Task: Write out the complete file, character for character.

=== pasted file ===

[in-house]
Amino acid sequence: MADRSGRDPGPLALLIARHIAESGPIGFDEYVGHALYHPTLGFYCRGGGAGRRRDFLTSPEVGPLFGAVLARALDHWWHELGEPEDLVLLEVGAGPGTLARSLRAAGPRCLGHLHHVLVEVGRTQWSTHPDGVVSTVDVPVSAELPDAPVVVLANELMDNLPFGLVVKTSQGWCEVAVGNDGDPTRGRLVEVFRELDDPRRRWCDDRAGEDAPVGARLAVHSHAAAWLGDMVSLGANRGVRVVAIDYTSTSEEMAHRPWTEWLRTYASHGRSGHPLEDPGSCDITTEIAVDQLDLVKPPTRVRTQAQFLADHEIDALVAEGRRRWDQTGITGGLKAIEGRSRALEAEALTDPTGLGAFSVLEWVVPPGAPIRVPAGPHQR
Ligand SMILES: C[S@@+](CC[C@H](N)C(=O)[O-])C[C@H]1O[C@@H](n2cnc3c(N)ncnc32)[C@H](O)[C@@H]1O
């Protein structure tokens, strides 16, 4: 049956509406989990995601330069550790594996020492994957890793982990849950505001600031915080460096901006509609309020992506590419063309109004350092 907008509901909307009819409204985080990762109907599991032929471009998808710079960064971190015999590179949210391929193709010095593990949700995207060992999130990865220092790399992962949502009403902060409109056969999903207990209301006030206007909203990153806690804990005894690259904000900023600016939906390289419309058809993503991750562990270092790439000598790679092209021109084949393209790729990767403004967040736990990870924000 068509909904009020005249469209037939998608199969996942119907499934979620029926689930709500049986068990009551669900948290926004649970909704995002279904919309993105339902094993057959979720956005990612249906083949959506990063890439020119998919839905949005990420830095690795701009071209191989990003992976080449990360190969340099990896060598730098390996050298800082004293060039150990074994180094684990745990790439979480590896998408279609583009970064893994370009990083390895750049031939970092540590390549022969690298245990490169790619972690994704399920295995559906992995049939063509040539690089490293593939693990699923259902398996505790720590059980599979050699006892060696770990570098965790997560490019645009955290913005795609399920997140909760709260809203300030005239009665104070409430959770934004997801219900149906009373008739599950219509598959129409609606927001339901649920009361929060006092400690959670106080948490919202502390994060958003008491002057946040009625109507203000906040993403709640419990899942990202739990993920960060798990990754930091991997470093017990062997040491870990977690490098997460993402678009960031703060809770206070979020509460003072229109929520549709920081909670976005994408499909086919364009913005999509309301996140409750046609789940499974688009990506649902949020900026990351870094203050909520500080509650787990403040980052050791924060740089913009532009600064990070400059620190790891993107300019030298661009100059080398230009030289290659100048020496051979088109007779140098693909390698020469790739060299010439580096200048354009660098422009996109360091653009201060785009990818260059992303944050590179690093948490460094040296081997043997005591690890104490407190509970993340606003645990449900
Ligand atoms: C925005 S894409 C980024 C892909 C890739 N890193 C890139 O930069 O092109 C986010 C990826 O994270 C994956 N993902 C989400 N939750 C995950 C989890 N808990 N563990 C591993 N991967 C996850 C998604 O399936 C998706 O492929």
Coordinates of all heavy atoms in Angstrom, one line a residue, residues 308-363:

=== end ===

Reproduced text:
[in-house]
Amino acid sequence: MADRSGRDPGPLALLIARHIAESGPIGFDEYVGHALYHPTLGFYCRGGGAGRRRDFLTSPEVGPLFGAVLARALDHWWHELGEPEDLVLLEVGAGPGTLARSLRAAGPRCLGHLHHVLVEVGRTQWSTHPDGVVSTVDVPVSAELPDAPVVVLANELMDNLPFGLVVKTSQGWCEVAVGNDGDPTRGRLVEVFRELDDPRRRWCDDRAGEDAPVGARLAVHSHAAAWLGDMVSLGANRGVRVVAIDYTSTSEEMAHRPWTEWLRTYASHGRSGHPLEDPGSCDITTEIAVDQLDLVKPPTRVRTQAQFLADHEIDALVAEGRRRWDQTGITGGLKAIEGRSRALEAEALTDPTGLGAFSVLEWVVPPGAPIRVPAGPHQR
Ligand SMILES: C[S@@+](CC[C@H](N)C(=O)[O-])C[C@H]1O[C@@H](n2cnc3c(N)ncnc32)[C@H](O)[C@@H]1O
């Protein structure tokens, strides 16, 4: 049956509406989990995601330069550790594996020492994957890793982990849950505001600031915080460096901006509609309020992506590419063309109004350092 907008509901909307009819409204985080990762109907599991032929471009998808710079960064971190015999590179949210391929193709010095593990949700995207060992999130990865220092790399992962949502009403902060409109056969999903207990209301006030206007909203990153806690804990005894690259904000900023600016939906390289419309058809993503991750562990270092790439000598790679092209021109084949393209790729990767403004967040736990990870924000 068509909904009020005249469209037939998608199969996942119907499934979620029926689930709500049986068990009551669900948290926004649970909704995002279904919309993105339902094993057959979720956005990612249906083949959506990063890439020119998919839905949005990420830095690795701009071209191989990003992976080449990360190969340099990896060598730098390996050298800082004293060039150990074994180094684990745990790439979480590896998408279609583009970064893994370009990083390895750049031939970092540590390549022969690298245990490169790619972690994704399920295995559906992995049939063509040539690089490293593939693990699923259902398996505790720590059980599979050699006892060696770990570098965790997560490019645009955290913005795609399920997140909760709260809203300030005239009665104070409430959770934004997801219900149906009373008739599950219509598959129409609606927001339901649920009361929060006092400690959670106080948490919202502390994060958003008491002057946040009625109507203000906040993403709640419990899942990202739990993920960060798990990754930091991997470093017990062997040491870990977690490098997460993402678009960031703060809770206070979020509460003072229109929520549709920081909670976005994408499909086919364009913005999509309301996140409750046609789940499974688009990506649902949020900026990351870094203050909520500080509650787990403040980052050791924060740089913009532009600064990070400059620190790891993107300019030298661009100059080398230009030289290659100048020496051979088109007779140098693909390698020469790739060299010439580096200048354009660098422009996109360091653009201060785009990818260059992303944050590179690093948490460094040296081997043997005591690890104490407190509970993340606003645990449900
Ligand atoms: C925005 S894409 C980024 C892909 C890739 N890193 C890139 O930069 O092109 C986010 C990826 O994270 C994956 N993902 C989400 N939750 C995950 C989890 N808990 N563990 C591993 N991967 C996850 C998604 O399936 C998706 O492929």
Coordinates of all heavy atoms in Angstrom, one line a residue, residues 308-363: